Cystic Fibrosis is an inherited (genetic) disease that affects the exocrine glands. Exocrine glands secrete fluids such as mucus, that are meant to lubricate organs and tissues. An example of this is in the pancreas; the exocrine glands secrete digestive enzymes. Other exocrine glands are found in the lungs, liver, mouth (saliva), and sweat glands. Even tear glands are exocrine glands (I have noticed my son has very large tears that don’t trickle down as easily as everyone else’s). Mucus can clog the tubes that carry sperm from the testes, causing most men with CF to be infertile. In CF, the exocrine glands produce mucus that is thick and sticky. The two main places that get affected by this thick mucus is the airways, and the digestive system.
In a normal person, their lungs produce a thin layer of mucus that is moved out of the lungs by cilia, hair-like fibers that sweep the lungs clean. This helps to remove harmful bacteria out of the airways. In CF, the cilia cannot move the mucus out of the lungs effectively because the mucus is too thick. The mucus is a breeding ground for harmful bacteria to grow. The lungs become inflamed by bacteria, and start to produce even more thick, sticky mucus to get the bacteria out. This can lead to lung infections. Repeated lung infections in CF cause permanent damage to the lungs, causing lung disease, which is the main cause of death from CF.
People with CF can get lung infections very easily. Staphylococcus aureus, otherwise known as Staph, is a common bacteria that can frequently cause lung infections. Pseudomonas aeruginosa and Burkholderia cepacia are two types of bacteria that are difficult to treat with antibiotics and often it is not possible to remove them from the lungs completely, so it is important to control them with periodic antibiotics.
Mucus not only affects the lungs. Occasionally, it can affect the sinuses with sinusitis and nasal polyps. Sinusitis is inflammation of the sinuses, caused by mucus. It is treated with decongestants, antihistamines, and antibiotics. It can also be treated by flushing the sinuses out with saline solution. Nasal polyps are small fleshy growths inside the nose. It is currently not known exactly why this happens. Usually, no treatment is needed, but if they cause interference with breathing, they may need to be surgically removed.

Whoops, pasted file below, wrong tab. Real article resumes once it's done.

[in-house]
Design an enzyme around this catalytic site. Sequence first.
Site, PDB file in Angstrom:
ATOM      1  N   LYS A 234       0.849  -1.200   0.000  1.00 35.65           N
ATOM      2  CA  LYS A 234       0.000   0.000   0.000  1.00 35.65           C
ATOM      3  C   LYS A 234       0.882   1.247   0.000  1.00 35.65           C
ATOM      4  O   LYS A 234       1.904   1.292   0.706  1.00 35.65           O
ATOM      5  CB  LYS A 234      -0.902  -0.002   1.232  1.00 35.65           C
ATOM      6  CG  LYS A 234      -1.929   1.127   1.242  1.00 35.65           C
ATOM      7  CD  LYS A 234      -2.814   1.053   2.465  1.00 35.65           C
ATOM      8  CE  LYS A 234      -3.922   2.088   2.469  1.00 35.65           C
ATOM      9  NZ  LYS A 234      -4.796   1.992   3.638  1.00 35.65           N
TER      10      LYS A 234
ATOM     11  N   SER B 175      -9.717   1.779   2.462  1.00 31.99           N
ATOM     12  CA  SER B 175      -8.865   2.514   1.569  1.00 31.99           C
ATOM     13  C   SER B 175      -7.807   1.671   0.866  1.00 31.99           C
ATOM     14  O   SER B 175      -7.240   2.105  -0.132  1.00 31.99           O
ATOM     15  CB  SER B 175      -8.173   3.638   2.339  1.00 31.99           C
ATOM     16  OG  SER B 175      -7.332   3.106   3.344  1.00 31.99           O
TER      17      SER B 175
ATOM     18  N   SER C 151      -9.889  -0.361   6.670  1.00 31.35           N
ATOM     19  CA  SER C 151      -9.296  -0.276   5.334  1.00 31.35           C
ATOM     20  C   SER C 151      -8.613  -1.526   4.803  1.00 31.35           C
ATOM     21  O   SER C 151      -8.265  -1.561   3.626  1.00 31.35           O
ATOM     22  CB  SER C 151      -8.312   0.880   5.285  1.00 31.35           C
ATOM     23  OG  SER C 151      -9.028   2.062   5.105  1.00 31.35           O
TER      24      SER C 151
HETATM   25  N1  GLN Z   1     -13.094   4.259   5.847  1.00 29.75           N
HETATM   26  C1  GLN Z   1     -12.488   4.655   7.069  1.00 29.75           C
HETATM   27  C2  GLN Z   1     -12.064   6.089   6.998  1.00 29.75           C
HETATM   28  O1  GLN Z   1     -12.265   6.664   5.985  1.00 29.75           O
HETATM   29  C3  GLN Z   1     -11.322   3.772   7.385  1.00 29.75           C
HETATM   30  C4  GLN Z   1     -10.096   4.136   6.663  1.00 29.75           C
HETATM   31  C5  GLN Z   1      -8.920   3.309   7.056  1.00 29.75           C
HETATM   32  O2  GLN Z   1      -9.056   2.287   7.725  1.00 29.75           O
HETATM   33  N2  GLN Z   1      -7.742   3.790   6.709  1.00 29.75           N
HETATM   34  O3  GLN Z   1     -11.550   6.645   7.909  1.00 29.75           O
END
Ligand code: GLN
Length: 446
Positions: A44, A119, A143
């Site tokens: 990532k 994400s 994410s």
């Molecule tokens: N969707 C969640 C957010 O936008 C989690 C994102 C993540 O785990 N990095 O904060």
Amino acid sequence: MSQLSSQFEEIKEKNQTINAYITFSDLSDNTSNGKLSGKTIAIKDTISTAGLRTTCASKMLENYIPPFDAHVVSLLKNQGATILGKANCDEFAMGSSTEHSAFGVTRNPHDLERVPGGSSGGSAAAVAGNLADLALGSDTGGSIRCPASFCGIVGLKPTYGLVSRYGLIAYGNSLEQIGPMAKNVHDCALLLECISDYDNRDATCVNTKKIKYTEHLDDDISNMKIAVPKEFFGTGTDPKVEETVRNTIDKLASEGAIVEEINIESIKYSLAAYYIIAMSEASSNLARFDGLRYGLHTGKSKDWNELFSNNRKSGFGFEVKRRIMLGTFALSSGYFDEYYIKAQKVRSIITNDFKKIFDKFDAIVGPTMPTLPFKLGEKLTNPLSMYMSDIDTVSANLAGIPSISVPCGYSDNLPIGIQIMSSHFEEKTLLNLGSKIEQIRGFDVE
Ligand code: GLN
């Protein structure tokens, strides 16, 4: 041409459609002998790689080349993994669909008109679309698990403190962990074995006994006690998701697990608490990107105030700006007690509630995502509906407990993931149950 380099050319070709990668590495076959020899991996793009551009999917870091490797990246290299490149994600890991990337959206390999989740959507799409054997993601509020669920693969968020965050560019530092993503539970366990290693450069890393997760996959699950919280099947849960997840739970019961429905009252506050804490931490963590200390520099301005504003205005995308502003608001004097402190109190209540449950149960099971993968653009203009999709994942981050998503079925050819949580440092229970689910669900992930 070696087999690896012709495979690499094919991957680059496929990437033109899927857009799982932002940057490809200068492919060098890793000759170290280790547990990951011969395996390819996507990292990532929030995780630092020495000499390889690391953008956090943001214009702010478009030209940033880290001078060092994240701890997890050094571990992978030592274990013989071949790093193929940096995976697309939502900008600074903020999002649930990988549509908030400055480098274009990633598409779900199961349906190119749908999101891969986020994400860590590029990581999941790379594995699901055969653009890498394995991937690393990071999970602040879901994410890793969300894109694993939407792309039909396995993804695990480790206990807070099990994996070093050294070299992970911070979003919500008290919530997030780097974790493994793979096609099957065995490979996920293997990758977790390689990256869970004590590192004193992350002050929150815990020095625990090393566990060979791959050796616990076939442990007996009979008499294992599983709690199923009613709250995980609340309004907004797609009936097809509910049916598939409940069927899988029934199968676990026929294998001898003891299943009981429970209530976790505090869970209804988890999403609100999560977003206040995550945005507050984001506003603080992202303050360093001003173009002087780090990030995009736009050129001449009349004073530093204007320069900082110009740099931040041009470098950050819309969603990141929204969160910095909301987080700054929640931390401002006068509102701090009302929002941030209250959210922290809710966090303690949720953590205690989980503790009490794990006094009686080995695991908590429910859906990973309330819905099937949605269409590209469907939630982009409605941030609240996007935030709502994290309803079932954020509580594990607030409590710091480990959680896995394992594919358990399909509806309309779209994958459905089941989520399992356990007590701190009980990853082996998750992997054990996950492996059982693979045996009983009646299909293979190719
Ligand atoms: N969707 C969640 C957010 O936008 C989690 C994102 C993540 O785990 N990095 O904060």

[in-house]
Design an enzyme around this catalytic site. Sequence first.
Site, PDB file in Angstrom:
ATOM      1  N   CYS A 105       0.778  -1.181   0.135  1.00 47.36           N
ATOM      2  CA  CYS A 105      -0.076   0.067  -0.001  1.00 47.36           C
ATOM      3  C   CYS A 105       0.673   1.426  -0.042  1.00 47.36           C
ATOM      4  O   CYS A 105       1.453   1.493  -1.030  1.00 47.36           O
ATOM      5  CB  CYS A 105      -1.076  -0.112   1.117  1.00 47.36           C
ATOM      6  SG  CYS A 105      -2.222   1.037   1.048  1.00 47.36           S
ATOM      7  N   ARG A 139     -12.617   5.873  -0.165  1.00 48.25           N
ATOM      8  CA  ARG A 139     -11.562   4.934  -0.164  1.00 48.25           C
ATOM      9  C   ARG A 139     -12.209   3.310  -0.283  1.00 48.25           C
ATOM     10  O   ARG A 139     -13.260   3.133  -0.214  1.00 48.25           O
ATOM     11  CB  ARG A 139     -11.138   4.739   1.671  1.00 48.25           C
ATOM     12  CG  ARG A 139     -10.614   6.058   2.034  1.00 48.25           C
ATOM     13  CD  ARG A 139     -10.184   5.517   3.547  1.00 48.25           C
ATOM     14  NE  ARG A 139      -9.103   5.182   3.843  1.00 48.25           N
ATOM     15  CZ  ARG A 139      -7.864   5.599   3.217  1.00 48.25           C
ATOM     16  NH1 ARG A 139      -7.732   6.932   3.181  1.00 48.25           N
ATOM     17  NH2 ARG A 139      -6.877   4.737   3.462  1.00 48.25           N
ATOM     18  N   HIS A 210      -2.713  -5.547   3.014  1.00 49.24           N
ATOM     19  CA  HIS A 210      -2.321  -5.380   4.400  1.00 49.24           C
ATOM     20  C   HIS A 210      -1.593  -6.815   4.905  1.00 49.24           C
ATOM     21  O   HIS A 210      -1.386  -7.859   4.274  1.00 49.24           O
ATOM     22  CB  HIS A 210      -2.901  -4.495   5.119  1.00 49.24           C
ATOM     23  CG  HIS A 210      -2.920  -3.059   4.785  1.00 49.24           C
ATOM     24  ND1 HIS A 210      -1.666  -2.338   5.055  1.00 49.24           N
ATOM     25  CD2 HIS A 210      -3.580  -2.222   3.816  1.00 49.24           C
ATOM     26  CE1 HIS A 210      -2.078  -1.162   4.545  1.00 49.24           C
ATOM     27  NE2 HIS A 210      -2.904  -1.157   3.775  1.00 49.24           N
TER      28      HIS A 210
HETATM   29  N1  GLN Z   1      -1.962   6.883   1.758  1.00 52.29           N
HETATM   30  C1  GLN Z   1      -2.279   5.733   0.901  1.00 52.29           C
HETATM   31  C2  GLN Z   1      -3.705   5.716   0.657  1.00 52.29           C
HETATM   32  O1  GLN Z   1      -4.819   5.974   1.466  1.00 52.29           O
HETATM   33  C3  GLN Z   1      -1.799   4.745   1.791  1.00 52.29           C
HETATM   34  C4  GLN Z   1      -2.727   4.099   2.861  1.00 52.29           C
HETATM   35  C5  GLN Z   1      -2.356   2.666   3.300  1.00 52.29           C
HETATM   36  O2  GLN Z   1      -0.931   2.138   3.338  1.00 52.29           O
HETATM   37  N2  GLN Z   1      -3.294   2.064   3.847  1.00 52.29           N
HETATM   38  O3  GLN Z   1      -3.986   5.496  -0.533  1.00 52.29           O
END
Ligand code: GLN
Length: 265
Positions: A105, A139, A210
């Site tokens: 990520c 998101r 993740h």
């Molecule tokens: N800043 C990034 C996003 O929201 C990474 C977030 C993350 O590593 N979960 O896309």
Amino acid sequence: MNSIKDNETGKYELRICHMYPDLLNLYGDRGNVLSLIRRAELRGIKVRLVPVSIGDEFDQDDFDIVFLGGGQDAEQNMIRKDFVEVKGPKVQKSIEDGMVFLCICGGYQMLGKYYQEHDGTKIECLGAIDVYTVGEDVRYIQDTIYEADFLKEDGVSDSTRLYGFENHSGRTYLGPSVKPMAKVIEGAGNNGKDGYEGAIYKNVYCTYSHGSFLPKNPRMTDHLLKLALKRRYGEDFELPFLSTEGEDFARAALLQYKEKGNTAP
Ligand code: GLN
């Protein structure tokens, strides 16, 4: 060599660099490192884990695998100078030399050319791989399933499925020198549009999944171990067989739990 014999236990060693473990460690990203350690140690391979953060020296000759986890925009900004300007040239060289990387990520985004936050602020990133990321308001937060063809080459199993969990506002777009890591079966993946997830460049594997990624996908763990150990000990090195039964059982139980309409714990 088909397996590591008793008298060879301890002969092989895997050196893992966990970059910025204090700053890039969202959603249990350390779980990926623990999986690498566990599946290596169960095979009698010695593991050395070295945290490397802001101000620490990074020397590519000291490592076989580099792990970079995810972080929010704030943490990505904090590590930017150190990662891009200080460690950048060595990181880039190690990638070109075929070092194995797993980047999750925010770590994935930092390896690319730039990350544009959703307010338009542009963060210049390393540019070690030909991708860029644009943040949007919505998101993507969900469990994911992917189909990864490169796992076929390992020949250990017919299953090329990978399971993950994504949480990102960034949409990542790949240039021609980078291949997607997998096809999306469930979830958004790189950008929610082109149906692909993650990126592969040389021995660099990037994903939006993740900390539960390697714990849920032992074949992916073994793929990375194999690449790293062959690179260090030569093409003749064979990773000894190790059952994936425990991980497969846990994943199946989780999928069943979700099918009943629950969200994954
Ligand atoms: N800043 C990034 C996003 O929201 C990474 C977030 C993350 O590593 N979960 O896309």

The Digestive System
In 9 out of 10 people with CF, glands in the pancreas produce thick mucus that does not allow pancreatic enzymes to reach the intestines where digestion normally happens. Meals are not digested properly and most of the fat, protein, and fat soluble vitamins are not absorbed into the body. Often in CF, a person is very hungry, and eats well, but does not gain weight because of malabsorption and the extra work required to breathe. Malabsorption causes bulky, greasy stools, excessive gas, and abdominal pain and swelling.
Meconium ileus is an intestinal blockage of a newborn, and about one in 10 baby’s born with CF have meconium that is thick. This needs to be removed either surgically or by a special enema. If a baby is born with meconium ileus, it is tested for Cystic Fibrosis. This blockage can also occur in older people with CF, which is called Distal intestinal obstructive syndrome, caused by poorly digested food. Blockage of the intestines can also happen if a person produces mucus in the intestines that is thick and sticky.
Bronchiectasis - Overtime, repeated inflammation causes damage to the lungs. This damage causes the airways to become stretched and dilated. More bacteria and mucus can become trapped in the airways. Chest therapy and coughing can help clear the dilated areas.
Pneumothorax - is a collection of air outside the walls of the lungs. When there is a tear in the lung tissue, this allows air to escape from the lungs and become trapped in the chest wall. This may cause lung collapse. Medical therapy is needed to let the trapped air out. Sometimes, surgery is needed to prevent this from reoccurring.
Hemoptysis - means to cough up blood from the respiratory tract. This can be caused by mucus causing tearing in the lining of the airways.
Clubbing - is the rounding of the tips of fingers and toes. Mostly all people with CF eventually get this. It is not known exactly why this happens.
Cor Pulmonale - is when the right side of the heart becomes larger and thicker. In CF, because of damage to the lungs, less oxygen is absorbed through the lungs so the heart has to work harder to circulate oxygen through the blood. Lung damage can also increase blood pressure. Prolonged high-blood pressure in the pulmonary artery and right ventricle can also cause cor pulmonale.